Mattew 9:38 includes Jesus’ remark “The harvest is plenty, but the laborers are few.” A special burden exists for those called to guide others. Our authenticity must be confirmed outwardly, however. Thoreau said “What you do speaks so loudly we cannot hear what you say.”
“Remember those who rule over you, who have spoken the word of God to you, whose faith follow, considering the outcome of their conduct.” Hebrews 13:7
Sharing our “Experience, Strength and Hope” is an instruction we must follow and practice doing; Recovery meetings help us learn to do so gently! Small groups are an excellent, safe place to learn how to witness to unbelievers.
“But in your hearts revere Christ as Lord. Always be prepared to give an answer to everyone who asks you to give the reason for the hope that you have. But do this with gentleness and respect…” 1 Peter 3:15
A final note for those who’d claim the simplistic notion of the “Single Step Program: Jesus Saves, and that’s all I need to know.” This is perhaps the single biggest impediment to genuine, authentic fellowship. It’s too easy and convenient to take the one step of confessing Christ and then live as a Believer in isolation. Beware! Solo Christianity is a cop-out. There are many who confess Christian faith whose only interaction with other Believers is vapid (and often prideful) chit-chat, tepid worship and sitting through a brief Sunday morning message.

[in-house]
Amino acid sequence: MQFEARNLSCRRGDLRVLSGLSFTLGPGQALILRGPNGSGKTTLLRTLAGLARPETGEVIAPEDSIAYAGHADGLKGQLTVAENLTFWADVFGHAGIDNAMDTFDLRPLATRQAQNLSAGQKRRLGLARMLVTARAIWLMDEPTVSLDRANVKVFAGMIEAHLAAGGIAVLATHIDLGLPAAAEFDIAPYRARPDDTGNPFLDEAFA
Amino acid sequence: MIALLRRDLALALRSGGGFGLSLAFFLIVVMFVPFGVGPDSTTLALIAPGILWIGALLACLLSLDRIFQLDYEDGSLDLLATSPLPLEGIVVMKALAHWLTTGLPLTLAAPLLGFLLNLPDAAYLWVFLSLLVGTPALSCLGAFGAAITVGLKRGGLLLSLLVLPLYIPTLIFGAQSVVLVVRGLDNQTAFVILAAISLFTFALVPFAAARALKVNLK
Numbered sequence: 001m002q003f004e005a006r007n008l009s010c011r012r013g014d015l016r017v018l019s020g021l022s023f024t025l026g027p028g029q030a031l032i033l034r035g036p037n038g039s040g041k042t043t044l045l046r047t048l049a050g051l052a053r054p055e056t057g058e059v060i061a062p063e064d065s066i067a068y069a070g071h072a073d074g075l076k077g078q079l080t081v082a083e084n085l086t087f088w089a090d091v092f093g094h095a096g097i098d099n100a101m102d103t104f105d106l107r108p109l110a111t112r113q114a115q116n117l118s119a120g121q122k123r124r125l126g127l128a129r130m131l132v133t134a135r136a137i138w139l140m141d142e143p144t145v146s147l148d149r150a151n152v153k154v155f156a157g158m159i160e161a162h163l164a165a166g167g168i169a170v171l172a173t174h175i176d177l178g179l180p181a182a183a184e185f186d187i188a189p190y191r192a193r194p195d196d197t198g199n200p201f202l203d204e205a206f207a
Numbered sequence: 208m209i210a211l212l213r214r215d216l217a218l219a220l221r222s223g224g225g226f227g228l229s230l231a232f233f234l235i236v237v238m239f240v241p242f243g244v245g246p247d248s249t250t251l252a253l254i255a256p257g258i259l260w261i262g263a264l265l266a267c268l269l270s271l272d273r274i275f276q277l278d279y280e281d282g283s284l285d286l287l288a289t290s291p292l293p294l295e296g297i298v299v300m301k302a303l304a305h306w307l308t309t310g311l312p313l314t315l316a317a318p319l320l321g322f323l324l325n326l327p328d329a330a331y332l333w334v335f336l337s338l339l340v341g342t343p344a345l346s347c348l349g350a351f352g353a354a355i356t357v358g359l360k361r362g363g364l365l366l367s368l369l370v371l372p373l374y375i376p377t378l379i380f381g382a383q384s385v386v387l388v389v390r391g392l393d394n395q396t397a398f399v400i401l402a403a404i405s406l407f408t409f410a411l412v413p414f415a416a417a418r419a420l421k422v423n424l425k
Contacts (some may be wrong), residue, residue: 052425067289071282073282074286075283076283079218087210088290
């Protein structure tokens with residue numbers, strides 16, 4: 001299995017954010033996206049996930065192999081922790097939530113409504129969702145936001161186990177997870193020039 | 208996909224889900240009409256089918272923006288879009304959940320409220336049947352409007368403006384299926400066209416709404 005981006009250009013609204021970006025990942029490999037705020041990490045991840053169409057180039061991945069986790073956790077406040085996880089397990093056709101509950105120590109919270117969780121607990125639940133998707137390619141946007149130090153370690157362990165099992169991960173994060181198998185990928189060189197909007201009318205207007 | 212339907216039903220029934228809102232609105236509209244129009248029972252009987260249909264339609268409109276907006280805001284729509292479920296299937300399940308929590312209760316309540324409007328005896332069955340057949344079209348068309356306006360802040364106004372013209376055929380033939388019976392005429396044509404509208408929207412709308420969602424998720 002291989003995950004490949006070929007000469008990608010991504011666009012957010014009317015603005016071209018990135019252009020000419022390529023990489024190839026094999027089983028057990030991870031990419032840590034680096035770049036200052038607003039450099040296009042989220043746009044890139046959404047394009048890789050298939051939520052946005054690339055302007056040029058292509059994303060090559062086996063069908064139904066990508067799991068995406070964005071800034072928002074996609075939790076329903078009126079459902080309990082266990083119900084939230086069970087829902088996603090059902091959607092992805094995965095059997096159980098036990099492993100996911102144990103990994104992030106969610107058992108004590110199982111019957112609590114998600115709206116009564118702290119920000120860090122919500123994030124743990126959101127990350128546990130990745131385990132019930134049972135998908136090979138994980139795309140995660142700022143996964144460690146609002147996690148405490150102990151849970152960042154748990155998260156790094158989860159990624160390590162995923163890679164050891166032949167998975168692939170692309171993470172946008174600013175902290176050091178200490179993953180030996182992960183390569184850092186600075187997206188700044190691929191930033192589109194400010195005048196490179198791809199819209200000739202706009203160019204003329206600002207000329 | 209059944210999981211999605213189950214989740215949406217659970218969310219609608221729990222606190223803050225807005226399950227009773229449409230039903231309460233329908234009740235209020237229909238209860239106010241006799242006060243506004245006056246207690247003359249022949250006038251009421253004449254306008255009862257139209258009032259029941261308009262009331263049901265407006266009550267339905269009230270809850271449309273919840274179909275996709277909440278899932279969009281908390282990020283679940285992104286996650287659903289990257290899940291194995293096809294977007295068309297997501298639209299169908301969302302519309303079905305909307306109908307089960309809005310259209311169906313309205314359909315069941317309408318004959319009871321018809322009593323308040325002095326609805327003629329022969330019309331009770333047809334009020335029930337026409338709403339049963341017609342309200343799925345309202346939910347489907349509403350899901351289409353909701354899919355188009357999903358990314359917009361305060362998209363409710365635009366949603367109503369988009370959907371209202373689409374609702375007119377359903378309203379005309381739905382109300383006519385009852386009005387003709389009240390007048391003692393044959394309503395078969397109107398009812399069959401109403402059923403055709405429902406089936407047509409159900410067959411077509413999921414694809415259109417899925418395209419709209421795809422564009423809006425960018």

And so we declare in opposition to copping out, that the weight of scripture prescribes transparent, honest, confessional relationships. Is your Church unsupportive of like-minded small groups establishing themselves simply out of organic need? Are Jesus’ children “weary and scattered, like sheep having no shepherd?”(Matthew 9:36), in effect, left with “No one to comfort them?” (Ecc 4:1) You might question if your Church is teaching the full spiritual depth of the verses we’ve outlined in this essay and if something the congregation is doing – or is NOT doing – is getting the way.
Make no mistake… working with actual sheep is messy and difficult. Weak leadership cultivates the sanitary conditions “Churchy Hypocrites” enjoy on Sundays.
Proverbs 24, Saying 25
If you falter in a time of trouble,
how small is your strength!
Rescue those being led away to death;
hold back those staggering toward slaughter.
If you say, “But we knew nothing about this,”
does not he who weighs the heart perceive it?
Does not he who guards your life know it?
Will he not repay everyone according to what they have done?